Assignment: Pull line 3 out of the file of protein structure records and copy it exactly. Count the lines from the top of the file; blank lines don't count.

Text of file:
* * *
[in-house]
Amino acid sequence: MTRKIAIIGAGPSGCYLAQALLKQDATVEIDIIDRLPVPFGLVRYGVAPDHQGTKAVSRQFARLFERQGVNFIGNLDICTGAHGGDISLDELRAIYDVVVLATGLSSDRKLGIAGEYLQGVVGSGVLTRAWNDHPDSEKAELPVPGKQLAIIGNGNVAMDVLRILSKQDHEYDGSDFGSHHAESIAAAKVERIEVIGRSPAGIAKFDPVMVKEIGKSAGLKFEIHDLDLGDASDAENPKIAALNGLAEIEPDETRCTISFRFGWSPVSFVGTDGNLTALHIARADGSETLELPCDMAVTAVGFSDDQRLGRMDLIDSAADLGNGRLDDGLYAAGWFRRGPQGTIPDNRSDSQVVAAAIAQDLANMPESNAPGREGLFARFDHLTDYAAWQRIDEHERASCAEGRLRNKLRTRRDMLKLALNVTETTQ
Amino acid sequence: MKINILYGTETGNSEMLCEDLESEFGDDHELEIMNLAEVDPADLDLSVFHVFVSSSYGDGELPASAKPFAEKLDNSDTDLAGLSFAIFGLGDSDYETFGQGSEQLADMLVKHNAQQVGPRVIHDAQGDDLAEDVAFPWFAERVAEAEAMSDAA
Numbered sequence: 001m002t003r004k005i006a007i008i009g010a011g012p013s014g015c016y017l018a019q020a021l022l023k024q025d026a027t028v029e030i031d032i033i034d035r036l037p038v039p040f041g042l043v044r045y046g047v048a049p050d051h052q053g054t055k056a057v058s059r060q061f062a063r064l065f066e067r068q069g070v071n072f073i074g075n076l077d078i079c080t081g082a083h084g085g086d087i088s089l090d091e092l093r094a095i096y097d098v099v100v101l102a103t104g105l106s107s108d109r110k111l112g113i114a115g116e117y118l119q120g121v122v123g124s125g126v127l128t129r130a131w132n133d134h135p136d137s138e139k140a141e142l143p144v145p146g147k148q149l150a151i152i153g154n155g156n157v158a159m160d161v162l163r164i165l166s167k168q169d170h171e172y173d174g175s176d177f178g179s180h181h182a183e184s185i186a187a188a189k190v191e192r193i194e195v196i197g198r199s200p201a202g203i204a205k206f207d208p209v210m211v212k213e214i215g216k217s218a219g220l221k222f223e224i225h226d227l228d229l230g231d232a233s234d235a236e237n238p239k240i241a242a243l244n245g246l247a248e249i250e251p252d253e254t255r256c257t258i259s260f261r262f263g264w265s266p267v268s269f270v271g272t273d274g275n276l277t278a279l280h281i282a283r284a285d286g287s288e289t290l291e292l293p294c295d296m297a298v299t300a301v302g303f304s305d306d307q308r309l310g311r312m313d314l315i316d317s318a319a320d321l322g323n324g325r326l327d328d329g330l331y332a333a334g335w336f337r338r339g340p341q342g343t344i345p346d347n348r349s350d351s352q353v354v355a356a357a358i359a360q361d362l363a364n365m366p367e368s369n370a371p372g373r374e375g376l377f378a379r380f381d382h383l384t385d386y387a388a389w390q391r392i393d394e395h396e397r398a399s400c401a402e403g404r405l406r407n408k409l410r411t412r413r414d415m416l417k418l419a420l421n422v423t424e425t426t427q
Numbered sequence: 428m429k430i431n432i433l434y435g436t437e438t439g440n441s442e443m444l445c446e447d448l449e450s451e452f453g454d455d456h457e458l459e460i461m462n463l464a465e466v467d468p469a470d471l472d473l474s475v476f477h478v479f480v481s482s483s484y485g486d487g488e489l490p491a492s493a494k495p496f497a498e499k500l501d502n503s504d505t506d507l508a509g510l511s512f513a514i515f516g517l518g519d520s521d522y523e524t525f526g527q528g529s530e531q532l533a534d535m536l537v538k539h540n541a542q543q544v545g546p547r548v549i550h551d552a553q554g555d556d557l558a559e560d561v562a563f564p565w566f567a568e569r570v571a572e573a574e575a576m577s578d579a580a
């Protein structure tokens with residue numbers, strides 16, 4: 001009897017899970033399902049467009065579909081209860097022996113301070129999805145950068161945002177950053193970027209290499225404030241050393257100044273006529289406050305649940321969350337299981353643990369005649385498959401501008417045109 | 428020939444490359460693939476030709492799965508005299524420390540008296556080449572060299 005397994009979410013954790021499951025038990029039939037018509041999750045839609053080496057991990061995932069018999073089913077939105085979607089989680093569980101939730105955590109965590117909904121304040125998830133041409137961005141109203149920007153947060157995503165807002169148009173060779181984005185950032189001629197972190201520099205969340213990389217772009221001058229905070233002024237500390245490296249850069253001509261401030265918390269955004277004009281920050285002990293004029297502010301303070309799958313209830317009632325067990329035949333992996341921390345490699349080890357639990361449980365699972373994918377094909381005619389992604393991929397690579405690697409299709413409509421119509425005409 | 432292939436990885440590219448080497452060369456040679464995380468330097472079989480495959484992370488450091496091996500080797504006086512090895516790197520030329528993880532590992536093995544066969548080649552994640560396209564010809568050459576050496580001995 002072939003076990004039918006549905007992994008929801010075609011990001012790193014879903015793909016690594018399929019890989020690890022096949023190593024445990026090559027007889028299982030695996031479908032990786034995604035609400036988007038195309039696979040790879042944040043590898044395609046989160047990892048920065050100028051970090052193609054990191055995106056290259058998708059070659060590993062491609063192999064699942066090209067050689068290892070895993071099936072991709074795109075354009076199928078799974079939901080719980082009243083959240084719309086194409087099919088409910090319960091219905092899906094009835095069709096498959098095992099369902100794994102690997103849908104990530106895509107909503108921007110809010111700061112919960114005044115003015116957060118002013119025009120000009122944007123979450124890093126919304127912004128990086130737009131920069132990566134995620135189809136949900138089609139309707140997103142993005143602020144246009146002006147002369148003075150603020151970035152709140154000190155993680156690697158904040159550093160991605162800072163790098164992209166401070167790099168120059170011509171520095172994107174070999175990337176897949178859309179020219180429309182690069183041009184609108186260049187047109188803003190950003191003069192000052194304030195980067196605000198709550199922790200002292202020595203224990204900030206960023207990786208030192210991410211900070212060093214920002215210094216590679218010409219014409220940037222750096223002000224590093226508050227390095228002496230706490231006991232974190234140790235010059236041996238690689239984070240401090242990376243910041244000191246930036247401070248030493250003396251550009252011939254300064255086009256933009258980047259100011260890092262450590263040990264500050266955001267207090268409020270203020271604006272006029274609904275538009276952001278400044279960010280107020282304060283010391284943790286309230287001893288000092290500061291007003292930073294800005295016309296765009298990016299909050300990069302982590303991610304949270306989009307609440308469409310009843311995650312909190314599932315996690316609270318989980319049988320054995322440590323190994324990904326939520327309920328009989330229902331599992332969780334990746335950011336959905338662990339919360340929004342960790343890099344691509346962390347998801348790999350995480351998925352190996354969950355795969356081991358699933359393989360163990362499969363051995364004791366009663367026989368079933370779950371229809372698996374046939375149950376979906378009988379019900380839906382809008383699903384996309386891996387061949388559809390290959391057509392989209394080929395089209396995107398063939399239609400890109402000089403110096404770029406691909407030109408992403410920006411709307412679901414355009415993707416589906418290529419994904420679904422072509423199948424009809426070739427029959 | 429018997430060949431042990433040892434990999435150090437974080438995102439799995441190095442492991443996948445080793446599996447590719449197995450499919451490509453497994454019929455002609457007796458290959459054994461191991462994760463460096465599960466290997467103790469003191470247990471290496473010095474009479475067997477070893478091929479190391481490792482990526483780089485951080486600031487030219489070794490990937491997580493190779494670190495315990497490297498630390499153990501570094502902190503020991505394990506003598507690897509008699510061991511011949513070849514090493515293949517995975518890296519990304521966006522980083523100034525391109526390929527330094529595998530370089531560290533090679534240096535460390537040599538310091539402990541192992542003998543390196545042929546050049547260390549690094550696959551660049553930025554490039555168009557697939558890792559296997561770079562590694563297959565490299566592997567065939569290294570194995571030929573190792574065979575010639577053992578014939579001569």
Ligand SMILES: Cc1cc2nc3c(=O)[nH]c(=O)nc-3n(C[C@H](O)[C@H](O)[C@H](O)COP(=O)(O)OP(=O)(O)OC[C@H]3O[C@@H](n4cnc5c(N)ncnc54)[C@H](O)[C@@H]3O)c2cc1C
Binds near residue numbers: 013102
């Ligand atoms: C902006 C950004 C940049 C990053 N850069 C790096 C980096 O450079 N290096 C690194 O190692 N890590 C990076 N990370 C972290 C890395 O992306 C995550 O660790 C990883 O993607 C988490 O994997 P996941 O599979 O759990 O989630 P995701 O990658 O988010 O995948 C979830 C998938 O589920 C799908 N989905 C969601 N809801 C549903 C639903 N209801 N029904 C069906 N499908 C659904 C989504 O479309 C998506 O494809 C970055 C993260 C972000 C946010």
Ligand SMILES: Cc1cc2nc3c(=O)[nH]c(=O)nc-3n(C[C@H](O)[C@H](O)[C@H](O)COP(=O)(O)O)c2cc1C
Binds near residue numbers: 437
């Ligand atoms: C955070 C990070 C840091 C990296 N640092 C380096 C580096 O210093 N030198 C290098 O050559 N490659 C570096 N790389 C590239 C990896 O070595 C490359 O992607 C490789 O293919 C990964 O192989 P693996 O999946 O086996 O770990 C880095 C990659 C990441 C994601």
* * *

Amino acid sequence: MKINILYGTETGNSEMLCEDLESEFGDDHELEIMNLAEVDPADLDLSVFHVFVSSSYGDGELPASAKPFAEKLDNSDTDLAGLSFAIFGLGDSDYETFGQGSEQLADMLVKHNAQQVGPRVIHDAQGDDLAEDVAFPWFAERVAEAEAMSDAA